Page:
How do we solve for Einstein's equation in the vacuum with a cosmological constant, in the static spherically symmetric situation?


Following Sean Carroll's Spacetime and Geometry (p.195), I write the equations

\begin{align}R_{tt} - \frac 12 R g_{tt} + \Lambda g_{tt} &= 0 \tag{1}\\ R_{rr} - \frac 12 R g_{rr} + \Lambda g_{rr} &= 0\tag{2}\end{align}

And contract $R_{\mu\nu}-\frac 12 R g_{\mu\nu} + \Lambda g_{\mu\nu} = 0$ with the inverse metric to obtain $R = 4\Lambda$, which I plug back in $(1)$ and $(2)$.

Then, as in Carroll, I multiply $(1)$ by $\exp[-2(\alpha-\beta)]$, where $\alpha$ and $\beta$ are functions of $r$ and add it to $(2)$ to obtain:

$$\frac 2r \partial_r(\alpha +\beta) = \Lambda e^{-2\beta}\left(1-e^{-4(\alpha+\beta)}\right)\tag{3}$$

Can we solve this differential equation?

Addendum: I simplified $(3)$ to

$$\frac 2r \partial_r(\alpha +\beta) = \Lambda \left(1-e^{-4(\alpha+\beta)}\right)\tag{3*}$$

and obtained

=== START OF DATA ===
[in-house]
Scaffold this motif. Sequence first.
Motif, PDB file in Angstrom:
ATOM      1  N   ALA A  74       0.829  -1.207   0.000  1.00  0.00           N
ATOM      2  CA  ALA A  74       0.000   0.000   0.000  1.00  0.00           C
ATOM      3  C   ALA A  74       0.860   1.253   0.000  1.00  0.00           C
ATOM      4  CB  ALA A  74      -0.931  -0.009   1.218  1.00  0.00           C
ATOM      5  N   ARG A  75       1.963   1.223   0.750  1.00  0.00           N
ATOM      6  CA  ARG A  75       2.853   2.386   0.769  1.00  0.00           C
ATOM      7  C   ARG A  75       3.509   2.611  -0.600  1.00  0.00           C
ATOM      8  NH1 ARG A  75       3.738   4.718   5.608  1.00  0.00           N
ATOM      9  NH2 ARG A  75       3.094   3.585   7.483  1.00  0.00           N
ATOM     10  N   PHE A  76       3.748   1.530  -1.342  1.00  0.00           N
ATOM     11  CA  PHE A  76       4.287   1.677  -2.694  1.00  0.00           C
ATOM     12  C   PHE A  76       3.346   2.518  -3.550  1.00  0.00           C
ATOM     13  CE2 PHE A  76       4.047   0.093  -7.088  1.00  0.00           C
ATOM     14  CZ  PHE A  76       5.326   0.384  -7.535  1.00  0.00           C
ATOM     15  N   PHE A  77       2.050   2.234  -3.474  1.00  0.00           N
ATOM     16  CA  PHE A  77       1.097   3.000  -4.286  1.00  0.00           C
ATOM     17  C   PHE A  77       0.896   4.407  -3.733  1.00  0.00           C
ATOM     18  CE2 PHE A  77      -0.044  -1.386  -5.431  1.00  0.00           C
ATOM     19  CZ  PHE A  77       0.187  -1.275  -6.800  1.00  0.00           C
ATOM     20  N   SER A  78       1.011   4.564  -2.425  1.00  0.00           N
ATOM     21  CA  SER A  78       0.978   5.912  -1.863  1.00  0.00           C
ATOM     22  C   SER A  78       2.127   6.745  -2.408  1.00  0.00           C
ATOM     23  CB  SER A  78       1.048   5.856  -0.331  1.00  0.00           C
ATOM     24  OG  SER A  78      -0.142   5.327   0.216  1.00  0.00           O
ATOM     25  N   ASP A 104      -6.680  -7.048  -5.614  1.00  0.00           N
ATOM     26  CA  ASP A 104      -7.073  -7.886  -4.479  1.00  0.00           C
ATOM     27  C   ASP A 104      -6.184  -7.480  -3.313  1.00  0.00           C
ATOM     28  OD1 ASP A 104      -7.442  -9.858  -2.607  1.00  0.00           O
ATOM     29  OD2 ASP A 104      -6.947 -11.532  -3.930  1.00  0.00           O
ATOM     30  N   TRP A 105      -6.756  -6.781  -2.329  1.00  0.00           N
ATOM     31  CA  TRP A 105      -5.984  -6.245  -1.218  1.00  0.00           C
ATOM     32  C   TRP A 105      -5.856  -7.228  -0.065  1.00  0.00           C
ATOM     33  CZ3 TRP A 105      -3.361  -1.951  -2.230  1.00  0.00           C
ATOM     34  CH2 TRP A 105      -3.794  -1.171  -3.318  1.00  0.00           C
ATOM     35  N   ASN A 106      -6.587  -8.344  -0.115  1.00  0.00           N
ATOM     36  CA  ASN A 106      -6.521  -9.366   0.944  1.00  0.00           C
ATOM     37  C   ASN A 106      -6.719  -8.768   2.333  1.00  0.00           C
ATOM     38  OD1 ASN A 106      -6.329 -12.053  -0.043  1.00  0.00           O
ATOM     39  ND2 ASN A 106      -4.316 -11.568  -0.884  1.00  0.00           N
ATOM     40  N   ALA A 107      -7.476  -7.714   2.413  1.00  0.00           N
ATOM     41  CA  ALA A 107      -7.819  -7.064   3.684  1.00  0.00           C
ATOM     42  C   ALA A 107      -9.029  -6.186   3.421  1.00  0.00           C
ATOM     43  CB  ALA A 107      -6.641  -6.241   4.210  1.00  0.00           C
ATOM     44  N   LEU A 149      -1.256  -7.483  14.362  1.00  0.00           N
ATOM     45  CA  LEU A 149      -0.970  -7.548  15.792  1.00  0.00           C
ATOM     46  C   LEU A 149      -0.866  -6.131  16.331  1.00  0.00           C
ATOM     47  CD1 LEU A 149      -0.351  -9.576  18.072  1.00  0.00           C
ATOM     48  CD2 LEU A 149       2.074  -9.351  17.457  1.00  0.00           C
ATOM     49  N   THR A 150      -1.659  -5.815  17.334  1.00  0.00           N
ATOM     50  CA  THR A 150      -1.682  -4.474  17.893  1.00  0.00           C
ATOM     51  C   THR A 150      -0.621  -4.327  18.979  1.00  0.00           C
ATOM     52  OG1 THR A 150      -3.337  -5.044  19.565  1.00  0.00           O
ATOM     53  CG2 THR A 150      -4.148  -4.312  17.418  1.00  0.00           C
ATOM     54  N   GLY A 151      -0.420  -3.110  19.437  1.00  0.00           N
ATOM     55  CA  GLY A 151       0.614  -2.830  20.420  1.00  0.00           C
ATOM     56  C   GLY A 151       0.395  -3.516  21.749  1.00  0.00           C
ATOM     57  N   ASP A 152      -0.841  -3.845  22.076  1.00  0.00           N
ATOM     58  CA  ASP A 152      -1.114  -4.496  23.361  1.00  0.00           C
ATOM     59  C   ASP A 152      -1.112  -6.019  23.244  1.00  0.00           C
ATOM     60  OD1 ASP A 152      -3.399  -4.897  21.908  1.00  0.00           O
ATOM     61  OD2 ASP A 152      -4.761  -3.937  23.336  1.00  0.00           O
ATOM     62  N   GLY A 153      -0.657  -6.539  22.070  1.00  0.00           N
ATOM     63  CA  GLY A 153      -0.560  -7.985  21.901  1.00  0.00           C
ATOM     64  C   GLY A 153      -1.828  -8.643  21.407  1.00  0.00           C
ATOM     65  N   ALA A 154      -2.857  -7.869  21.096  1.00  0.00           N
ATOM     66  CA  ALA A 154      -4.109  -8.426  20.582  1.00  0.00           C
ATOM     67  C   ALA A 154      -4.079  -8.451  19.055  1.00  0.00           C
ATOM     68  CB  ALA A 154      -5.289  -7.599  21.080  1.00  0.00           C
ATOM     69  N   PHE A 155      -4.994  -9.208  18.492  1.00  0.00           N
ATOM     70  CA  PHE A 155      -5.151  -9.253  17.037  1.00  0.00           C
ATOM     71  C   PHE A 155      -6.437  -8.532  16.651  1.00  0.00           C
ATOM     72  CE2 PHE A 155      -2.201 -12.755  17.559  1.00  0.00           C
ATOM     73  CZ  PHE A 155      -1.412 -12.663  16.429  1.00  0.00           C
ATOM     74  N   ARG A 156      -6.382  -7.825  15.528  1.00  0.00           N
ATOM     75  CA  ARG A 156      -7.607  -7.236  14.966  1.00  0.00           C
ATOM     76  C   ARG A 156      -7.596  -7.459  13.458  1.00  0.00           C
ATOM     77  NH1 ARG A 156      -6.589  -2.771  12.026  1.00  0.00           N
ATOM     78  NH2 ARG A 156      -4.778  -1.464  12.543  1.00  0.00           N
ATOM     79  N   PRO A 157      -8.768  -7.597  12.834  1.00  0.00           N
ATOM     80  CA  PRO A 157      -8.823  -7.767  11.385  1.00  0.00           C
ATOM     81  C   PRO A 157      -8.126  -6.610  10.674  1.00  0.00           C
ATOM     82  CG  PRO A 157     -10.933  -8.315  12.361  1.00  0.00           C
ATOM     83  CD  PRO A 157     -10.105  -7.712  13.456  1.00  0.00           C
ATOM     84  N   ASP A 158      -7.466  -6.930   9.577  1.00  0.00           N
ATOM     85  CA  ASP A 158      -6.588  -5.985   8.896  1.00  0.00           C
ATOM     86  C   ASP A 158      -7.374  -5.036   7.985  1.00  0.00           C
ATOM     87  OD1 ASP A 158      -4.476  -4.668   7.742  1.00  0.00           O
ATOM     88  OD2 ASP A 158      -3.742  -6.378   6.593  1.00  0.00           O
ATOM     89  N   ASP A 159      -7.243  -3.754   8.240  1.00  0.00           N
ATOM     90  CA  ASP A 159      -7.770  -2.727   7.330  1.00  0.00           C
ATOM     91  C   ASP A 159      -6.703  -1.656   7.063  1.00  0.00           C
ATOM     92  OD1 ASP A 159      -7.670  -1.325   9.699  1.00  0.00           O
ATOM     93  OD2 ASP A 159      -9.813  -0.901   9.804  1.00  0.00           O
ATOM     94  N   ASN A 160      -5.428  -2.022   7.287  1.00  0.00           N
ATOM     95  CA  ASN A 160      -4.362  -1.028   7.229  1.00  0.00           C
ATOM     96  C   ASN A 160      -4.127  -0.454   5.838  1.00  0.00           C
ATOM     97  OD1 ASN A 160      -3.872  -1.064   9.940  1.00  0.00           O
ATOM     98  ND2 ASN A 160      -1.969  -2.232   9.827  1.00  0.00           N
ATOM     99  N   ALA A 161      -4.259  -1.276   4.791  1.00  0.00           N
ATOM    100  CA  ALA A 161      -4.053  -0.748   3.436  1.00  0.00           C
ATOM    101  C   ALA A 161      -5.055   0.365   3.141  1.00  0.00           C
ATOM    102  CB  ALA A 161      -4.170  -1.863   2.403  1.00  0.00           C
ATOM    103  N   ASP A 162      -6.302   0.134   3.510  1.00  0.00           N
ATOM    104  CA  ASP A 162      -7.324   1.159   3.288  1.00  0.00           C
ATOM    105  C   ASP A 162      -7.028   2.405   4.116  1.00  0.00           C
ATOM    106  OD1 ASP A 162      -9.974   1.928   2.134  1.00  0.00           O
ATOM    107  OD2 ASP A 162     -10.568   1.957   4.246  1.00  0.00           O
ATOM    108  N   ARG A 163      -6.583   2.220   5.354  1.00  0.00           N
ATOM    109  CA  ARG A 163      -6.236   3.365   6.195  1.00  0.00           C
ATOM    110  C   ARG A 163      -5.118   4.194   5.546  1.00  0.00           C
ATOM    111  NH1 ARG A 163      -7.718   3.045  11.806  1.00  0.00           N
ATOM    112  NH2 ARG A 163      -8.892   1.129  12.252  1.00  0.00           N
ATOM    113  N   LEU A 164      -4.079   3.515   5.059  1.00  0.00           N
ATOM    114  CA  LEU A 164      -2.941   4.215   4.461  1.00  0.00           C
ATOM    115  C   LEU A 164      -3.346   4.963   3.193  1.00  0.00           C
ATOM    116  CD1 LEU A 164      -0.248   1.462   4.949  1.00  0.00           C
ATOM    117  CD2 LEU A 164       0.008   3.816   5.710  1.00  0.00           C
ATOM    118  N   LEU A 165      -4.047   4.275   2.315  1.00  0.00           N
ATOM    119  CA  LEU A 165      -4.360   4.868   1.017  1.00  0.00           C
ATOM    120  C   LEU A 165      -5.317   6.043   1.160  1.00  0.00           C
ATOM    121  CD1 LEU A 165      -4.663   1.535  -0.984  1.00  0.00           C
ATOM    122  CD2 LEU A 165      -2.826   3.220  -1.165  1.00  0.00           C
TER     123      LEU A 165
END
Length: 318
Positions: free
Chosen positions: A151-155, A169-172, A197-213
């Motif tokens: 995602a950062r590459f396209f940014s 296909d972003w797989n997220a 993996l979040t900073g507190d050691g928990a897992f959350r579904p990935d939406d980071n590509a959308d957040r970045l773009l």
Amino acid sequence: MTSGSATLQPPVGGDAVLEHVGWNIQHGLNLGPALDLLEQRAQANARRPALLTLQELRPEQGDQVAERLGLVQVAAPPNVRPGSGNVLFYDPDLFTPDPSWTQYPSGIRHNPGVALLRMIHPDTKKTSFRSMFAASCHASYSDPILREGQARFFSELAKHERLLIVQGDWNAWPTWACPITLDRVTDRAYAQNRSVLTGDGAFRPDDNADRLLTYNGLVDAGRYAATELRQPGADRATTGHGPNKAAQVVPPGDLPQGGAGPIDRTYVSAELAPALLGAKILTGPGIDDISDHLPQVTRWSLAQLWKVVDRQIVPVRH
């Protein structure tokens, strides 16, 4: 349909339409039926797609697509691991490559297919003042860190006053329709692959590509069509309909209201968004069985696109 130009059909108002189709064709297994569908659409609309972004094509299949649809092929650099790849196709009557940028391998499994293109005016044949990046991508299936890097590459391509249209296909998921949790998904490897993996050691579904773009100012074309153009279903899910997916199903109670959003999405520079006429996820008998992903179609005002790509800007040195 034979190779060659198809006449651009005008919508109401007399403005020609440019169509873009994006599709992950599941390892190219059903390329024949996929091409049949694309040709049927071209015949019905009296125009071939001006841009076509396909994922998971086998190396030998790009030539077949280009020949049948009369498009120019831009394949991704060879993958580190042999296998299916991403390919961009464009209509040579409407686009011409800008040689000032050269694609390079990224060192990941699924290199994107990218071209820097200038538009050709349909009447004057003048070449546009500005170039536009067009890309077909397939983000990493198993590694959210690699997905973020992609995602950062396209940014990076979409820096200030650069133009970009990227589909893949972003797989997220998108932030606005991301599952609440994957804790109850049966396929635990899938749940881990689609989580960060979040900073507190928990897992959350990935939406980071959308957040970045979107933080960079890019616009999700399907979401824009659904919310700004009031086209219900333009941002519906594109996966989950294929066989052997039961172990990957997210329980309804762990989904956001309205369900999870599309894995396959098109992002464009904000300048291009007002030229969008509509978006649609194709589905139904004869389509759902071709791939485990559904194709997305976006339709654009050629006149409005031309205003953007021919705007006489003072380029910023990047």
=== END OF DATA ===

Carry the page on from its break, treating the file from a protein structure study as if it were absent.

$$\Lambda r^2 + 4C = \ln\left(e^{4(\alpha+\beta)}+1\right)$$

where $C$ is a constant of integration.


1 Answer 1


First, you should try to get a relation between $\alpha$ and $\beta$, it will simplify a lot the calculations and expressions.

For example, using the $rr$ and $tt$ components you can arrive to the expression $$\frac{2}{r}\partial_r\alpha + \frac{2}{r}\partial_r\beta=0 $$ which means that $\alpha = -\beta$.

With this result in one hand, you can plug it in the $tt$ equation and get a solution in terms of the exponential $$e^{2\beta} = \frac{1}{-\frac{\Lambda r^2}{3}+1+\frac{c_1}{r}}$$

If you won't find the way to get these answers, tell me and I will post a full resolutions with all the steps.


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